Australian literature, Australian women writers, Books, history, Reading, Reviews

Maggie’s Kitchen by Caroline Beecham




I received a copy from the publisher for review


Title: Maggie’s Kitchen

Author: Caroline Beecham

Genre: Fiction/Historical Fiction

Publisher: Allen and Unwin

Published: 27/7/2016

RRP: $29.99

Format: Paperback

Pages: 391

Synopsis: They might all travel the same scarred and shattered streets on their way to work, but once they entered Maggie’s Kitchen, it was somehow as if the rest of the world didn’t exist.

When the Ministry of Food urgently calls for the opening of British Restaurants to feed tired and hungry Londoners during World War II, Maggie Johnson is close to realising a long-held dream.

But after struggling through government red tape and triumphantly opening its doors, Maggie’s Kitchen soon encounters a most unexpected problem. Her restaurant has become so popular with London’s exhausted workers, that Maggie simply can’t get enough supplies to keep up with demand for food, without breaking some of the rules.

With the support of locals, and the help of twelve-year-old Robbie, a street urchin, and Janek, a Polish refugee dreaming of returning to his native land, the resourceful Maggie evades the first threats of closure from the Ministry. As she fights to keep her beloved Kitchen open, Maggie also tries desperately to reunite Robbie with his missing father as well as manage her own family’s expectations. Until she can no longer ignore the unacknowledged hopes of her own heart, and the discovery that some secrets have the power to change everything.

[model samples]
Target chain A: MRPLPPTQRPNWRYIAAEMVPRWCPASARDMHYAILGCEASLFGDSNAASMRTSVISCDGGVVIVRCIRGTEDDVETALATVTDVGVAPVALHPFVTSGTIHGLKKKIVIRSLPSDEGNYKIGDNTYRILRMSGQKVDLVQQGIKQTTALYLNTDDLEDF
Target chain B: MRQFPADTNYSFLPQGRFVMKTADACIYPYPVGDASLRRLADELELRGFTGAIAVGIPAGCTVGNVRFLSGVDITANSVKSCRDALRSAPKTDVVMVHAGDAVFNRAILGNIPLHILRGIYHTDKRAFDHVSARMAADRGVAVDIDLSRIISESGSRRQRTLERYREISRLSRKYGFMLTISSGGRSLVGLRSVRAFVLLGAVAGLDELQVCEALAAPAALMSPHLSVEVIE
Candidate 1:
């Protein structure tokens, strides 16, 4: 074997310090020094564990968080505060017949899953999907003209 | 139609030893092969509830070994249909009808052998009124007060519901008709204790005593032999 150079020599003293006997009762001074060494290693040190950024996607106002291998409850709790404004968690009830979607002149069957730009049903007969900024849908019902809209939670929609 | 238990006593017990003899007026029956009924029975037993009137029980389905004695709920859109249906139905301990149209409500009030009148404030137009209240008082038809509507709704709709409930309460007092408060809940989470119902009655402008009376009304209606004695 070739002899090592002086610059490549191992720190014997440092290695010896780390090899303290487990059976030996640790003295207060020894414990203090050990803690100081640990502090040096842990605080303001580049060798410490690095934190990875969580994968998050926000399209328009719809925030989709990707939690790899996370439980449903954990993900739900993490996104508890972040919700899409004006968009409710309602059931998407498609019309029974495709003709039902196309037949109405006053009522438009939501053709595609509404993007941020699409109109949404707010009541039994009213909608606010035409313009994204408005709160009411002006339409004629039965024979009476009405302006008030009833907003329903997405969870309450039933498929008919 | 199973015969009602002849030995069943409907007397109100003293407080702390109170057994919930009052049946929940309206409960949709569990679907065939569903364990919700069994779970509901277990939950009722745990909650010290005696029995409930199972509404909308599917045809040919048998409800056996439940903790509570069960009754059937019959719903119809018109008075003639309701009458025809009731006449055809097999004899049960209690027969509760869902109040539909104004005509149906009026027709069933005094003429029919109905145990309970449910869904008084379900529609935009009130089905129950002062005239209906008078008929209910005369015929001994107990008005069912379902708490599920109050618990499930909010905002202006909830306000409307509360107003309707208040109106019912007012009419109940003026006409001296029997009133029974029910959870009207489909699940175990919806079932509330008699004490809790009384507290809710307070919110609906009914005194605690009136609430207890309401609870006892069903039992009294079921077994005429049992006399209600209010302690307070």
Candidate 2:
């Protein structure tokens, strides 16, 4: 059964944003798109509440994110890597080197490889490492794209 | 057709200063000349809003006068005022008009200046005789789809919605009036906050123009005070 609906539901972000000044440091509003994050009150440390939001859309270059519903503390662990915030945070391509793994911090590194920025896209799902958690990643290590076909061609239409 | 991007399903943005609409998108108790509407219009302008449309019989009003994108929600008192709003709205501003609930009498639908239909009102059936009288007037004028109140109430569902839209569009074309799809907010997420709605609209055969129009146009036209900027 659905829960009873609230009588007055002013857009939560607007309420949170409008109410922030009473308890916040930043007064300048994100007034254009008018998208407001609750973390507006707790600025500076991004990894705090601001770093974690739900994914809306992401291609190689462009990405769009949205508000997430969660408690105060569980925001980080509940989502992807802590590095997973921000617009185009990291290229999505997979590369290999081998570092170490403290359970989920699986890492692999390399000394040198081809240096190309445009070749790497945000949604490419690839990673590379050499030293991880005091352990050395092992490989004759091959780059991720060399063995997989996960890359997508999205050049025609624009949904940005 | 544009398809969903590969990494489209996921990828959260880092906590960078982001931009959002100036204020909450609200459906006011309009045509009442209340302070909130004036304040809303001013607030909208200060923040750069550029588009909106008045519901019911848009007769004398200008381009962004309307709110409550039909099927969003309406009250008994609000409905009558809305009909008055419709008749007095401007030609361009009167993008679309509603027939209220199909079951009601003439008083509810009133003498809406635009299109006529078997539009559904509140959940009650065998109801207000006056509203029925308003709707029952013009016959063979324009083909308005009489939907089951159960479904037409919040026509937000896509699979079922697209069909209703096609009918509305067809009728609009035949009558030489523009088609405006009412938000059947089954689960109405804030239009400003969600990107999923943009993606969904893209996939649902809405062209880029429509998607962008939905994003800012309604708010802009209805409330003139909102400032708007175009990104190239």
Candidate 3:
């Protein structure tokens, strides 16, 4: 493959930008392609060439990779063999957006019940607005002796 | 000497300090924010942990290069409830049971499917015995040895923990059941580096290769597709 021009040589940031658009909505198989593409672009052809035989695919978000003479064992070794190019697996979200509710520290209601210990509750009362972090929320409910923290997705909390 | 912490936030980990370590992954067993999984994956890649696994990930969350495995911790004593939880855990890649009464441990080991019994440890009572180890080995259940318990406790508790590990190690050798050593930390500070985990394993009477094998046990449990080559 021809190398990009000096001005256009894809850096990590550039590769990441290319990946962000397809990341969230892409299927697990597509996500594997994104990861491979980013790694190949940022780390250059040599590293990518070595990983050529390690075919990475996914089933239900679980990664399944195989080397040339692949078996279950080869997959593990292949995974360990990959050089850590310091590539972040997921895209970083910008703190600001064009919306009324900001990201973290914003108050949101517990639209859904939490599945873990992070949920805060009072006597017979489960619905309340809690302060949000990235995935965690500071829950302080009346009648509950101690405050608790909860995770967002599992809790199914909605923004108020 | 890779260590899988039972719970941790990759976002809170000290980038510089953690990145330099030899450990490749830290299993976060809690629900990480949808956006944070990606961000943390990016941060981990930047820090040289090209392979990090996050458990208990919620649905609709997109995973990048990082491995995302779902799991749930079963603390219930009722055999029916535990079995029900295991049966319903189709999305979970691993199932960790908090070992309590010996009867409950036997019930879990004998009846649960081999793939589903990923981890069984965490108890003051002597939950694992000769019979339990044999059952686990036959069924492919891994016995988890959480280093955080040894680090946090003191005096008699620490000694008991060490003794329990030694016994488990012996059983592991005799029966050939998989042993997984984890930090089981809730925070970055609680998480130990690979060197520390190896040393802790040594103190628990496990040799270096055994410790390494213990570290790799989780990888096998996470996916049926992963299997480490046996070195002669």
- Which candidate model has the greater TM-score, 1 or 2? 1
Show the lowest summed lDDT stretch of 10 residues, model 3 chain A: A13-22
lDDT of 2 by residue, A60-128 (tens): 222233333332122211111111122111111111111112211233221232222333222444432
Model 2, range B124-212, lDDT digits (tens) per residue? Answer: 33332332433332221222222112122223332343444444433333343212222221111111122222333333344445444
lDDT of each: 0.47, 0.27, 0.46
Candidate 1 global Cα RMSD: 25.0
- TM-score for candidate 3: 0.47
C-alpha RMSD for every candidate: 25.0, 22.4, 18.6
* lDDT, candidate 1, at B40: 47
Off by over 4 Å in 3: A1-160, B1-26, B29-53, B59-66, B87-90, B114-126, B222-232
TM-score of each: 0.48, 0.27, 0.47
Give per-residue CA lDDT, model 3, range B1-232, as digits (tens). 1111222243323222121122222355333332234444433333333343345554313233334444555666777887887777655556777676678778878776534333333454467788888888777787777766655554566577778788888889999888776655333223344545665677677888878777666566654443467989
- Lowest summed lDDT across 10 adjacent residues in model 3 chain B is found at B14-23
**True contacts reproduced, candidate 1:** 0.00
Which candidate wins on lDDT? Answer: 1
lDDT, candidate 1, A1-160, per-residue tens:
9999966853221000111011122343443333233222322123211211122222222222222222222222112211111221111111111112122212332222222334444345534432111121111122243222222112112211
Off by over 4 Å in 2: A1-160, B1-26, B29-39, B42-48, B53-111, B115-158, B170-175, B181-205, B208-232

Maggie’s Kitchen, another book set during World War Two, but this time in London, during the Blitz, tells the story of Maggie Johnson and her British Restaurant venture. As Maggie struggles with the conflict of following her dreams in the wake of personal devastation, it is following her heart and doing something to help the nation in a time of war. Though she is beset by a magnitude of problems related to getting the supplies she is supposed to receive, Maggie uses her initiative to find a way to boost her supplies, even if it means breaking some rules to do so.

Maggie is joined in her venture by a few friends from her former workplace, Tom, who is now in need of work following a tragic workplace accident, Janek, a Polish refugee who seems to have a secret that causes suspicion amongst some of the girls, and Robbie, a twelve year old boy searching for his father. Together, the manage to bolster the meagre supplies sent from the Ministry of Food and offer people a meal that has them lining up for more, and having to close early.

Through her fight to keep her restaurant open, Maggie strives to reunite Robbie with the family he should be with, and tries to please her family and help them: a situation that could backfire when her attempts to not only please her family but also let them know she cannot control a situation – the combination of all these conflicts against the backdrop of the war illustrates how every day people in London dealt with the war and what they might have gone through. When reading this book, I found I didn’t want to put it down, because it told a story about the home front of the war in London I had not been aware of before. The flow of the story works well, and it draws you in and pulls you along for the ride.

At the end of the book, the recipes Maggie used throughout are included for readers to try, and they would be interesting to compare with what we make today and our modern methods.

Another fantastic read set against the backdrop of war.

3 thoughts on “Maggie’s Kitchen by Caroline Beecham”

  1. Nice reveiw that entices one to read the book because it outlines and interesting and often forgotten aspect of the war and the struggles ordinary people had to deal with every day.


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